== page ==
Author: sochaz (zdenek.socha@fullsys.cz)
  5. Hello Zdeněk, You can use the tool mt.exe that is part of the Microsoft Windows Software Development Kit (SDK) or Microsoft Visual Studio to update the internal manifest of the uniface.exe. And the article "Registration-Free Activation of COM Components: A Walkthrough" describes in general how to get a COM component working reg-free. I don't remember the exact steps, but you basically need to generate a manifest for your Delphi component that will allow reg-free activation. The specific mt.exe command should like this:

     mt.exe -tlb:"foo.tlb" -dll:"foo.dll" -out:"foo.manifest"

    Where foo.dll is the Delphi Component and foo.tlb the Type Library for the Delphi Component. In case you don't have a separate .tlb file then it's possible that the Type Library is embedded into the dll. The generated manifest (e.g. foo.manifest) then needs to be copied to the same directory where the Delphi component is located. In case the Delphi component already has an internal manifest then you need to replace the internal manifest (you also can use mt.exe for this). And now we come to the manifest of the Uniface.exe. In order to activate the Delphi component reg-free you need to add a assembly dependency to the Uniface manifest. First we export the existing manifest:

    mt.exe -inputresource:uniface.exe -out:uniface.exe.manifest

    Then you need to add the dependency to the manifest uniface.exe.manifest. For example:

    <dependency>    <assemblyIdentity name="foo" type="win32" version="1.0.0.0"></assemblyIdentity> </dependency>

    Note: Instead of "foo" you of course need to specify the Assembly Name of your Delphi component. And update the internal manifest of the uniface.exe:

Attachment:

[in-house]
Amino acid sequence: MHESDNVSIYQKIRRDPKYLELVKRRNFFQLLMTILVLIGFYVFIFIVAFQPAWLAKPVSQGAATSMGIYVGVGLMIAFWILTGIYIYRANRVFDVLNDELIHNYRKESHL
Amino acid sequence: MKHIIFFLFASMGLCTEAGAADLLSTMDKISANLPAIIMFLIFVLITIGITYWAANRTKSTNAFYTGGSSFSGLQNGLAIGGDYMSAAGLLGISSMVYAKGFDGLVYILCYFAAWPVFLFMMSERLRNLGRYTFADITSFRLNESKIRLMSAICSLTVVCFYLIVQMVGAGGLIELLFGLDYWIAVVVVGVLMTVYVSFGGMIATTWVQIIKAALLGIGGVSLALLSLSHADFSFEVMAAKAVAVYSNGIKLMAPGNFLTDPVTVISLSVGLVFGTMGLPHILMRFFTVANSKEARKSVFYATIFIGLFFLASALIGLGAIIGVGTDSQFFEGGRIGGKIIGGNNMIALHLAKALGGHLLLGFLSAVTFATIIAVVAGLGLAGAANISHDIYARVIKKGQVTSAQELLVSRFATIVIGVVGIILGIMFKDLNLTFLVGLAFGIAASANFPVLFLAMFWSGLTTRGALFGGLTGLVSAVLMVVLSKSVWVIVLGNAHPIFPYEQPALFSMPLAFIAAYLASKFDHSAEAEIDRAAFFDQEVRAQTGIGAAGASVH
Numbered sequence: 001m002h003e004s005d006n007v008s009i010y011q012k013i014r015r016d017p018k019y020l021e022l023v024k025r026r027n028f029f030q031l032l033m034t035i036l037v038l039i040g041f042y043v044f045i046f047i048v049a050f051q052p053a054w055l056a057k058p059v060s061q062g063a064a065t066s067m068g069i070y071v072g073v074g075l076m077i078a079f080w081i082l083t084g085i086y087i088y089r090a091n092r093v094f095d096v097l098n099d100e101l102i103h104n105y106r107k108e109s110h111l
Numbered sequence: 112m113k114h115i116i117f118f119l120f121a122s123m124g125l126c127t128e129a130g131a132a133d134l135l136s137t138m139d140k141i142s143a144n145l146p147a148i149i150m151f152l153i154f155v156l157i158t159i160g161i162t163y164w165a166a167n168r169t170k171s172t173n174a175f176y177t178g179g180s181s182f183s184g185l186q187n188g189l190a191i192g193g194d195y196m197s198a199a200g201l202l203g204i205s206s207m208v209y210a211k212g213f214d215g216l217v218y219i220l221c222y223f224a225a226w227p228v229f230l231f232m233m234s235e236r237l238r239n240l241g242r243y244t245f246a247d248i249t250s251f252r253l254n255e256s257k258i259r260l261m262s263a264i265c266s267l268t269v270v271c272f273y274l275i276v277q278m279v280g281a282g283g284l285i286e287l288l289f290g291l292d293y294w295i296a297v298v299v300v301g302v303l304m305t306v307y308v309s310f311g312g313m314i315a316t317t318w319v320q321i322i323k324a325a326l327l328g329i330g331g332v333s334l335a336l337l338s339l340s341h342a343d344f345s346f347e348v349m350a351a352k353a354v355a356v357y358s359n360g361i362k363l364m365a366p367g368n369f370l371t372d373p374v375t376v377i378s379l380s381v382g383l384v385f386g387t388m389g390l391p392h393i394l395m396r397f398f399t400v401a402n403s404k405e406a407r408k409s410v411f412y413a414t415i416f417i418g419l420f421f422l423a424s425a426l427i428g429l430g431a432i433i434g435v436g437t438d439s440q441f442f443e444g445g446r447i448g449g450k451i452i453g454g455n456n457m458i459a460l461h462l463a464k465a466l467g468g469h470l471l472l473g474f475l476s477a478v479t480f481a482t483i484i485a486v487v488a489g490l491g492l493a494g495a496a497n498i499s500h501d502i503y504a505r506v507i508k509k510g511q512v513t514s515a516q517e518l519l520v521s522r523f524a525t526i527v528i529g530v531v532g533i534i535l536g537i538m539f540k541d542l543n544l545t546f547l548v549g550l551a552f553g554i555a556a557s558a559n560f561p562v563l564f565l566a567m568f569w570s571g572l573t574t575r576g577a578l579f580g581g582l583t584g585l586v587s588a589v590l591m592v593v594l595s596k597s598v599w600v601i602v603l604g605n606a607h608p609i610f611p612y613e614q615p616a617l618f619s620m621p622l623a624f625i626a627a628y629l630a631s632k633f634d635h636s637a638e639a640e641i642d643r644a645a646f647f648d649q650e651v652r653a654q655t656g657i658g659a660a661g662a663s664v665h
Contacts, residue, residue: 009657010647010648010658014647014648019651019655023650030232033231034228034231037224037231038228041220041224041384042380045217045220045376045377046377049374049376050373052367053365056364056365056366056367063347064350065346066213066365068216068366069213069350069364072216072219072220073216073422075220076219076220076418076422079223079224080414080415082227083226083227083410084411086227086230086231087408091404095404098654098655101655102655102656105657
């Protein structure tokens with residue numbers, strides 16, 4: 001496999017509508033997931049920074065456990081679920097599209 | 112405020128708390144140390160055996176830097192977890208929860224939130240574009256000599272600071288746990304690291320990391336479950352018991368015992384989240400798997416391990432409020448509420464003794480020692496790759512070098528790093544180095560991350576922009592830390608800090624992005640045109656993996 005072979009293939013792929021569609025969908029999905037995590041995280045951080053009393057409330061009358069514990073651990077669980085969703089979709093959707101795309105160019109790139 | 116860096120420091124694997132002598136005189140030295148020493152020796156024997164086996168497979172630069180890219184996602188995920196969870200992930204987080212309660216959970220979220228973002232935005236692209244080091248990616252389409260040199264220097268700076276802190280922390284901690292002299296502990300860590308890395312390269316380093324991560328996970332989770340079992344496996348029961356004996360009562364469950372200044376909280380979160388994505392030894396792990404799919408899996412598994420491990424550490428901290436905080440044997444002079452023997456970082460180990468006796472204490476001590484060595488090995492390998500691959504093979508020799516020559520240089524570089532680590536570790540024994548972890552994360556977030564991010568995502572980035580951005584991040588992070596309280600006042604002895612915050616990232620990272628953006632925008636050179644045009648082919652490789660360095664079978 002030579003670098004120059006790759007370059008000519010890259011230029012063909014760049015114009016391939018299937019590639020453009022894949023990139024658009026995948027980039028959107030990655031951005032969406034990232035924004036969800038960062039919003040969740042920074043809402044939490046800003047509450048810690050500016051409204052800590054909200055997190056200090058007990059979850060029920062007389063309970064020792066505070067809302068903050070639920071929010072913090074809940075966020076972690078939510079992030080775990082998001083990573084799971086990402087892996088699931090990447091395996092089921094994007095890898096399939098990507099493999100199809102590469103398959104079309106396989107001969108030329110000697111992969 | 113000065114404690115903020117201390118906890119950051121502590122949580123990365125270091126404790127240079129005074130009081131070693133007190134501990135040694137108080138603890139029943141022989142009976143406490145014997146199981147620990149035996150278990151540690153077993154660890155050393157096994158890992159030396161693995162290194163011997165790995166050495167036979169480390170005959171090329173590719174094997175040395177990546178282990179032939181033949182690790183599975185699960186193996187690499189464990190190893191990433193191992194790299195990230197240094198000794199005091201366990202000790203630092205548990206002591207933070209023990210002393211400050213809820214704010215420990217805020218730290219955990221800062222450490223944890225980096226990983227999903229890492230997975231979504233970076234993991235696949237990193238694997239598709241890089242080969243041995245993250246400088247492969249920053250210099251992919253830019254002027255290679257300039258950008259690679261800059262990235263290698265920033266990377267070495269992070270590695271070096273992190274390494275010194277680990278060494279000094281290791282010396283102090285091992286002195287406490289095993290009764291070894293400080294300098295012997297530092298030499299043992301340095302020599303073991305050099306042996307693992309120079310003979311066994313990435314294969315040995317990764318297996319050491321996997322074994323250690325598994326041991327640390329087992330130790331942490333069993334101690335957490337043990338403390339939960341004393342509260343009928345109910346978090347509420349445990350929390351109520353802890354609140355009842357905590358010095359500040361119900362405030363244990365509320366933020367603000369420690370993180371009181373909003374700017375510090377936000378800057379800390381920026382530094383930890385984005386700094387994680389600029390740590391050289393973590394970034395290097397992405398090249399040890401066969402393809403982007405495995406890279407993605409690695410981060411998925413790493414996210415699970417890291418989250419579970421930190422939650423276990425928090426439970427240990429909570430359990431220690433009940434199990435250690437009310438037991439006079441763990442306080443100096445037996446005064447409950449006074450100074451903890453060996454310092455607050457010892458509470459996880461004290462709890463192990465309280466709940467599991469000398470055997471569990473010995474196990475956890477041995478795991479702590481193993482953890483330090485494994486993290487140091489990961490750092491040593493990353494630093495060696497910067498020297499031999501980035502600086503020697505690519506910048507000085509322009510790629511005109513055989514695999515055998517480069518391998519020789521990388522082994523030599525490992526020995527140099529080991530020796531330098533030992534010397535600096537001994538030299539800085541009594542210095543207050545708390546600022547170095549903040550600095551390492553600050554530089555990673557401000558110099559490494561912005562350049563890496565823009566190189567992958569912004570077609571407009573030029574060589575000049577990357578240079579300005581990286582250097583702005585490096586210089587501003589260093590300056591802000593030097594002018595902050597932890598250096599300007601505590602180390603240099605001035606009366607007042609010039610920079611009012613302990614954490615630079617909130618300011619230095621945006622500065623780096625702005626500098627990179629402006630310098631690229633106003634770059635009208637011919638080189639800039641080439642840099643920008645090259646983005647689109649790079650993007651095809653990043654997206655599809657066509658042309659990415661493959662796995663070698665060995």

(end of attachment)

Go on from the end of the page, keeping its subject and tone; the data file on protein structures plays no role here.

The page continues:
mt.exe -manifest uniface.exe.manifest -outputresource:uniface.exe

    This is just a simple narration of the required steps (which I wrote down from memory). And you also need to copy the Delphi component and the generated manifest to the Uniface bin directory so that it can be loaded by the uniface.exe. After you've updated the uniface.exe you might get a security warning when trying to start your application. The uniface.exe is signed and when you change the exe file the signing is not valid anymore. In case you want to avoid the security warning at start-up then you additionally need to re-sign the uniface.exe. i don't have the exact steps handy, but you should find the required info by doing a quick search on the Internet. Wink Hope this helps. Kind regards, Daniel


    Author: diseli (daniel.iseli@uniface.com)
  6. The huge thanks, Daniel. This seems very promising... I will pass the info to my colleague. Thanks again and nice weekend, Zdeněk


    Author: sochaz (zdenek.socha@fullsys.cz)
  7. Hi Daniel, As this destroys the digital signing of Uniface.exe,  could this be somehow harmful, ie. affecting licensing or such? Regards RogerW.


    Author: rogerw (roger.wallin@abilita.fi)
  8. rogerw said Hi Daniel, As this destroys the digital signing of Uniface.exe,  could this be somehow harmful, ie. affecting licensing or such? Regards RogerW.

    Hi Roger, Changing the internal manifest of the Uniface.exe (or making the digital signature invalid) should not have an effect on licensing (or other things). The only side-effect I'm aware of is that you get an additional (Windows) security warning when try to start a Uniface app (that has an invalid signature). And if you want to avoid this then you need to sign the Uniface.exe yourself. Hope this helps. Regards, Daniel


    Author: diseli (daniel.iseli@uniface.com)